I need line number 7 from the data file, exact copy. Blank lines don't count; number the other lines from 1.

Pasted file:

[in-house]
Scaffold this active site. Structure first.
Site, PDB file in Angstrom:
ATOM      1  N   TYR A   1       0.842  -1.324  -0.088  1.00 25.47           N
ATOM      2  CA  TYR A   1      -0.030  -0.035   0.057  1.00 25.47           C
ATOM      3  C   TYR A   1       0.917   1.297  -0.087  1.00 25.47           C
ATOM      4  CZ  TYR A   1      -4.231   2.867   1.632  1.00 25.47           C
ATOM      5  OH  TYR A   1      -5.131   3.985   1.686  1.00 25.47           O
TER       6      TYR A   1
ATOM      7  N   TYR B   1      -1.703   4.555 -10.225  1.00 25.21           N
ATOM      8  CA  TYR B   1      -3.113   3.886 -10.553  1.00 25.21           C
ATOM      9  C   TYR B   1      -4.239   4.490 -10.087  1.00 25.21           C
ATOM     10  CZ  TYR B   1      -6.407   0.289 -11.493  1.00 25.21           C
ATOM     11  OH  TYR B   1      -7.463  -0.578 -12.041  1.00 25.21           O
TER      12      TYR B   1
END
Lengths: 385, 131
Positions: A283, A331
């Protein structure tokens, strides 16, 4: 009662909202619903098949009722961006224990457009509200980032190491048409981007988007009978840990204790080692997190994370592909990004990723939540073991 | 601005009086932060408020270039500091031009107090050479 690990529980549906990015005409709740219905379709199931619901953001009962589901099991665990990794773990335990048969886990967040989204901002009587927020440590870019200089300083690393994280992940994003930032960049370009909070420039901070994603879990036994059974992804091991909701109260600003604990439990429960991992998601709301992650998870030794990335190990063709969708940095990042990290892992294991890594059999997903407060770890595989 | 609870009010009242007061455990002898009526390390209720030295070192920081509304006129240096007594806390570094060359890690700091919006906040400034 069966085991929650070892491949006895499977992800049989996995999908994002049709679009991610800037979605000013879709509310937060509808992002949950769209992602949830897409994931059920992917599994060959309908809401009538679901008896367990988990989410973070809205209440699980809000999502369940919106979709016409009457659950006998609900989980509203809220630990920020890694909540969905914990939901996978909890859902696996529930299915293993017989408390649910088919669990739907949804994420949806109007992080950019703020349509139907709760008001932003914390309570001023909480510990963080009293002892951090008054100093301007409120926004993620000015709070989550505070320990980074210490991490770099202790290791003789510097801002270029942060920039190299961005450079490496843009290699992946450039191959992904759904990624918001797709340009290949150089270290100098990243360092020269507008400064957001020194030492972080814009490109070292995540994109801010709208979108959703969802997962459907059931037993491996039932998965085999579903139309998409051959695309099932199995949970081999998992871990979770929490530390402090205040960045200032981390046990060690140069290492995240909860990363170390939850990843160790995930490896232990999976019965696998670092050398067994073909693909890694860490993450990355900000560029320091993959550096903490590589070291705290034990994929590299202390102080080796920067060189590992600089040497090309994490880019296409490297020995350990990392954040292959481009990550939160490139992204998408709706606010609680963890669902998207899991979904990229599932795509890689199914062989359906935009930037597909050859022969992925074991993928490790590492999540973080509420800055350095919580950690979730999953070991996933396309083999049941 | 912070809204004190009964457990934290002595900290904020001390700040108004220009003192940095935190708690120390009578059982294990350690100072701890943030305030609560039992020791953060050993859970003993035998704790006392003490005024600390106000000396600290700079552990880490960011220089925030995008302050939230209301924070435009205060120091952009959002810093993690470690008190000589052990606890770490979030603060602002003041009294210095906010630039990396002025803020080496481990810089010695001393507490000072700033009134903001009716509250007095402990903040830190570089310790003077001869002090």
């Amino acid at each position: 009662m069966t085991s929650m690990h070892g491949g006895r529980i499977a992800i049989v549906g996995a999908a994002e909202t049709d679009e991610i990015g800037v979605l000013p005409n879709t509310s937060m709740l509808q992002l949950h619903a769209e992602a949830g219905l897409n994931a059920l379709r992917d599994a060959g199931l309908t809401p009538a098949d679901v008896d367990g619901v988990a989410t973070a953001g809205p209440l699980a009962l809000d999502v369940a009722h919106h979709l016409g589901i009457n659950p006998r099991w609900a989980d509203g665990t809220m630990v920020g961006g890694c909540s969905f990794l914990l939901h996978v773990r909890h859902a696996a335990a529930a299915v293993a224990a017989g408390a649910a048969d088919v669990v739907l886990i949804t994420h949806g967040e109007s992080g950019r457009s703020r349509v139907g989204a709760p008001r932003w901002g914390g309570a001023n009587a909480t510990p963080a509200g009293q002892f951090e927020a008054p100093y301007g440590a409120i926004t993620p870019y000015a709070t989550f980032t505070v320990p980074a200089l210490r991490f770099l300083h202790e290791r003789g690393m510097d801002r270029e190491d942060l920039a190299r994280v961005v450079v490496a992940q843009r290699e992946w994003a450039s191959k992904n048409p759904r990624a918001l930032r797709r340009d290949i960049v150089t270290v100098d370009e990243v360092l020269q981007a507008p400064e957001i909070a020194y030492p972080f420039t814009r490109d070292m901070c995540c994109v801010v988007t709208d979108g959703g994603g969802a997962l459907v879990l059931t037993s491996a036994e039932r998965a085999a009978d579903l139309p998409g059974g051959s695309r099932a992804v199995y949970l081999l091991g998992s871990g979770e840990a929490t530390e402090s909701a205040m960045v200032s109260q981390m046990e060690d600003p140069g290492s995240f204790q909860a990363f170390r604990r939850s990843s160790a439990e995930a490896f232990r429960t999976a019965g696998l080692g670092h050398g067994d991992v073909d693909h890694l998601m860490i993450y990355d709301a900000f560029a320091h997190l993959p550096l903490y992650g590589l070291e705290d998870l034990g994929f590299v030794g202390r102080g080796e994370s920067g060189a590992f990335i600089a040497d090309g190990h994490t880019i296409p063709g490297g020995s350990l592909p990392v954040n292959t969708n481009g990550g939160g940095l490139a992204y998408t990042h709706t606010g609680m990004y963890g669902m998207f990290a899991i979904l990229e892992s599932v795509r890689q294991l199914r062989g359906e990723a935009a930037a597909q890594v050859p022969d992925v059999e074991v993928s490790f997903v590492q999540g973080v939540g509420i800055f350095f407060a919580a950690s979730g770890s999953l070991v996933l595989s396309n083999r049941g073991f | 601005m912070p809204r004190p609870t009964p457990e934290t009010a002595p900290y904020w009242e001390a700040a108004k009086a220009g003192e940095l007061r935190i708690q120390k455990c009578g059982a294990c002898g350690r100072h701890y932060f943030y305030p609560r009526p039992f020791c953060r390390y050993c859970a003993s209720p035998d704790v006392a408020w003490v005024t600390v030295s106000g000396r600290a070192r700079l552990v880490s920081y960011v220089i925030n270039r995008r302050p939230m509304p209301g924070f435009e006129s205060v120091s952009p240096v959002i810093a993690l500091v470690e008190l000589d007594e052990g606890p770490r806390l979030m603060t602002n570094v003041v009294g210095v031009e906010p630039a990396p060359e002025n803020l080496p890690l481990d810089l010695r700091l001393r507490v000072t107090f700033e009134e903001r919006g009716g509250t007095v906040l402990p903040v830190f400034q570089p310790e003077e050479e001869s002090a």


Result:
ATOM      4  CZ  TYR A   1      -4.231   2.867   1.632  1.00 25.47           C